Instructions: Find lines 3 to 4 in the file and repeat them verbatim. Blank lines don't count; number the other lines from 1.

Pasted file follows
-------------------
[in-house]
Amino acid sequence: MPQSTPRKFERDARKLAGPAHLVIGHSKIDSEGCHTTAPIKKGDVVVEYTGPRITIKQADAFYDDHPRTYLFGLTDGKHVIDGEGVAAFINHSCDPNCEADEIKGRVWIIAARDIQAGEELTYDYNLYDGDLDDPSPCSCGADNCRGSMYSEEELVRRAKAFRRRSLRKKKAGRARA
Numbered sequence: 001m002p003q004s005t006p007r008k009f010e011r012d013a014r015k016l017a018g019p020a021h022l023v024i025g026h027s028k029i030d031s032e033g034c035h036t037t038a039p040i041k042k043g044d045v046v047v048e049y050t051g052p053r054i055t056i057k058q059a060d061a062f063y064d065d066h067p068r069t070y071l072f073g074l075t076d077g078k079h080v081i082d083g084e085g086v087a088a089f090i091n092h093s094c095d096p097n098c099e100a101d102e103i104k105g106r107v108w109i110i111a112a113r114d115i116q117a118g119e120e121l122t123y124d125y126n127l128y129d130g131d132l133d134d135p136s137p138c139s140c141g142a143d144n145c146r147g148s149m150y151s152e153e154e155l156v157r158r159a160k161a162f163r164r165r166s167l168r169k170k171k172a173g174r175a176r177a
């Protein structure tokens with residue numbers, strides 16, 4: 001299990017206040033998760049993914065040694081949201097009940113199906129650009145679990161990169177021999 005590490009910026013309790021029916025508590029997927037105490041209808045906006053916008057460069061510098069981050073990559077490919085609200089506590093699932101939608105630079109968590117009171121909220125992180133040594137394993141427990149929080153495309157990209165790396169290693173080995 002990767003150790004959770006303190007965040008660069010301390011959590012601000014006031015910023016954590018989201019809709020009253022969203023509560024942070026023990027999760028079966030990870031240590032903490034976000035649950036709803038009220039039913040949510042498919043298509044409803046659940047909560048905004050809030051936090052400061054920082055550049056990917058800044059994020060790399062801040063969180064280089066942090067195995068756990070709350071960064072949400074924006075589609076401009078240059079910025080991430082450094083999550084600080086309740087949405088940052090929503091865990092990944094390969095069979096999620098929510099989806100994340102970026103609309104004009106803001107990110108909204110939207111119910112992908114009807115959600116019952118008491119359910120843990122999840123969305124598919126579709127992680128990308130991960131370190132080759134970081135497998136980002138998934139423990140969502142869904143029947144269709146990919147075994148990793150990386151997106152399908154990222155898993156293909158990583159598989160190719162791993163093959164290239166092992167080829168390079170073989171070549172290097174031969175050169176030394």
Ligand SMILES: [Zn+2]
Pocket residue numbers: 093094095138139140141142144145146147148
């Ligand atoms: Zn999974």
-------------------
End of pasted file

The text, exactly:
Numbered sequence: 001m002p003q004s005t006p007r008k009f010e011r012d013a014r015k016l017a018g019p020a021h022l023v024i025g026h027s028k029i030d031s032e033g034c035h036t037t038a039p040i041k042k043g044d045v046v047v048e049y050t051g052p053r054i055t056i057k058q059a060d061a062f063y064d065d066h067p068r069t070y071l072f073g074l075t076d077g078k079h080v081i082d083g084e085g086v087a088a089f090i091n092h093s094c095d096p097n098c099e100a101d102e103i104k105g106r107v108w109i110i111a112a113r114d115i116q117a118g119e120e121l122t123y124d125y126n127l128y129d130g131d132l133d134d135p136s137p138c139s140c141g142a143d144n145c146r147g148s149m150y151s152e153e154e155l156v157r158r159a160k161a162f163r164r165r166s167l168r169k170k171k172a173g174r175a176r177a
């Protein structure tokens with residue numbers, strides 16, 4: 001299990017206040033998760049993914065040694081949201097009940113199906129650009145679990161990169177021999 005590490009910026013309790021029916025508590029997927037105490041209808045906006053916008057460069061510098069981050073990559077490919085609200089506590093699932101939608105630079109968590117009171121909220125992180133040594137394993141427990149929080153495309157990209165790396169290693173080995 002990767003150790004959770006303190007965040008660069010301390011959590012601000014006031015910023016954590018989201019809709020009253022969203023509560024942070026023990027999760028079966030990870031240590032903490034976000035649950036709803038009220039039913040949510042498919043298509044409803046659940047909560048905004050809030051936090052400061054920082055550049056990917058800044059994020060790399062801040063969180064280089066942090067195995068756990070709350071960064072949400074924006075589609076401009078240059079910025080991430082450094083999550084600080086309740087949405088940052090929503091865990092990944094390969095069979096999620098929510099989806100994340102970026103609309104004009106803001107990110108909204110939207111119910112992908114009807115959600116019952118008491119359910120843990122999840123969305124598919126579709127992680128990308130991960131370190132080759134970081135497998136980002138998934139423990140969502142869904143029947144269709146990919147075994148990793150990386151997106152399908154990222155898993156293909158990583159598989160190719162791993163093959164290239166092992167080829168390079170073989171070549172290097174031969175050169176030394």